Communication protocols 314 may be useful to receive data from and send data to one or more network entities, and may include any suitable protocols. Device management logic 316 may be used to manage aspects of provisionable-services clearinghouse 108 such as memory and file access.

b. Exemplary MD

FIG. 4 is a functional block diagram depicting an exemplary MD 102 arranged to carry out one or more embodiments.

As shown in FIG. 4, MD 102 may include a user interface 400, a wireless-communication interface 402, a processor 404, and data storage 406, all linked together via a system bus, network, or other connection mechanism 408. An internal or external antenna 412 may be provided to aid in wireless communications with other devices. The MD 102 may of course also include other elements.

The user interface 400 facilitates user interaction with the exemplary MD 102, and may include a variety of input components, such as a touchscreen, a navigation pad, a multi-functional button, a thumb wheel, a keyboard or keypad, and/or a microphone for instance. Additionally, the user interface 400 may include a variety of output components, such as a display and/or a speaker, as examples. The user interface 400 may include signal-processing components, such as analog-to-digital (A-D) and digital-to-analog (D-A) circuitry, and perhaps other components for facilitating user interaction with the exemplary MD 102.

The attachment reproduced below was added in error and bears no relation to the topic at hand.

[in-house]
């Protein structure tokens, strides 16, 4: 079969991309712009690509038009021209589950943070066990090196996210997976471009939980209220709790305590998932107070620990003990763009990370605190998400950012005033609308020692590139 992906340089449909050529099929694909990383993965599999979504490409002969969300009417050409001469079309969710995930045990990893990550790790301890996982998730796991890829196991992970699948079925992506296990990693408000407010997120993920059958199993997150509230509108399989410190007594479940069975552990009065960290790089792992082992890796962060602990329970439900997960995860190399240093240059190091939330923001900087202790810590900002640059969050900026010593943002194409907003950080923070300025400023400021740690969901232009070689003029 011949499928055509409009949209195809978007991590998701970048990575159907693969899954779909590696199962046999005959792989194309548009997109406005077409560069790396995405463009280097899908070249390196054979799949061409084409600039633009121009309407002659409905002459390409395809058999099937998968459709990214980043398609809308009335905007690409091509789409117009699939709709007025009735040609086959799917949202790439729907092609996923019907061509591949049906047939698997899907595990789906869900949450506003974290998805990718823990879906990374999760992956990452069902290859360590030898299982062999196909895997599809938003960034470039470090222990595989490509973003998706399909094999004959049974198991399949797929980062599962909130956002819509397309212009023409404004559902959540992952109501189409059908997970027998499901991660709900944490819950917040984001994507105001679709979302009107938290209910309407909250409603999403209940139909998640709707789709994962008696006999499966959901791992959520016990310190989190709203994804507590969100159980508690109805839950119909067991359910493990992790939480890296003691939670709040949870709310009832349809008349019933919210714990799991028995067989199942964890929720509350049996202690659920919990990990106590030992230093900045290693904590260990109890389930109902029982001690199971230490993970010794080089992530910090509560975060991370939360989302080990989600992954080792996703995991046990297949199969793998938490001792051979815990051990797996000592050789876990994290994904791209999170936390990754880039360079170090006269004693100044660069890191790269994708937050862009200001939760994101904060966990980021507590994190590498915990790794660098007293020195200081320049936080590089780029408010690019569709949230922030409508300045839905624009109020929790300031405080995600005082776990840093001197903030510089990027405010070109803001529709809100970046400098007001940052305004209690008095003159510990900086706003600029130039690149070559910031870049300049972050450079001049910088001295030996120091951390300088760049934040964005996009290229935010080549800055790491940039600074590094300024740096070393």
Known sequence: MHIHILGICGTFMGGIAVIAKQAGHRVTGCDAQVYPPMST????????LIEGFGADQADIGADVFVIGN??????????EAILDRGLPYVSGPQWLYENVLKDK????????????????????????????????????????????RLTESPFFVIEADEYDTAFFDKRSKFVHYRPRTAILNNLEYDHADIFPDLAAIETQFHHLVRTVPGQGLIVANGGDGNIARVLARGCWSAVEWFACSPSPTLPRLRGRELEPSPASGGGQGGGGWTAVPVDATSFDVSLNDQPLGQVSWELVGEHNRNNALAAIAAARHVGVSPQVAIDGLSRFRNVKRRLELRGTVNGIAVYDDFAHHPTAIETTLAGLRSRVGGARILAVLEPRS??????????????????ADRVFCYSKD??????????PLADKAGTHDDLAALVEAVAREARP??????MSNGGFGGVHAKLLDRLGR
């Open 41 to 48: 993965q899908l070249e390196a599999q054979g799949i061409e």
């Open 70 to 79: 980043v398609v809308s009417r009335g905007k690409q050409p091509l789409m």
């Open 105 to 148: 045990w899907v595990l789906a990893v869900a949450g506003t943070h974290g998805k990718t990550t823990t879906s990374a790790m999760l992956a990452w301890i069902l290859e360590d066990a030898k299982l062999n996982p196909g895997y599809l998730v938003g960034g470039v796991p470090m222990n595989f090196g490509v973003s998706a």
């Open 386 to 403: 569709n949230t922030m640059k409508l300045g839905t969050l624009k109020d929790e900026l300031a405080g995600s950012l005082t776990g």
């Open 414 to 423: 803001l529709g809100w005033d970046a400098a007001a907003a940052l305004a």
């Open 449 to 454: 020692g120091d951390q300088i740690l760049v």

The communication interface 402 may function to communicatively couple the MD 102 to one or more of a RAN such as RAN 104 (e.g., more particularly, to the BTS 112) and the LAN 105. With respect to the RAN 104, the communication interface 402 may facilitate forward-link and reverse-link communication with the BTS 112. With respect to the LAN 105, the communication interface 402 may facilitate one or more local-area wireless-protocol (such as, e.g., IEEE 802.11) connections with one or more wireless routers and/or access points contained within the LAN 105.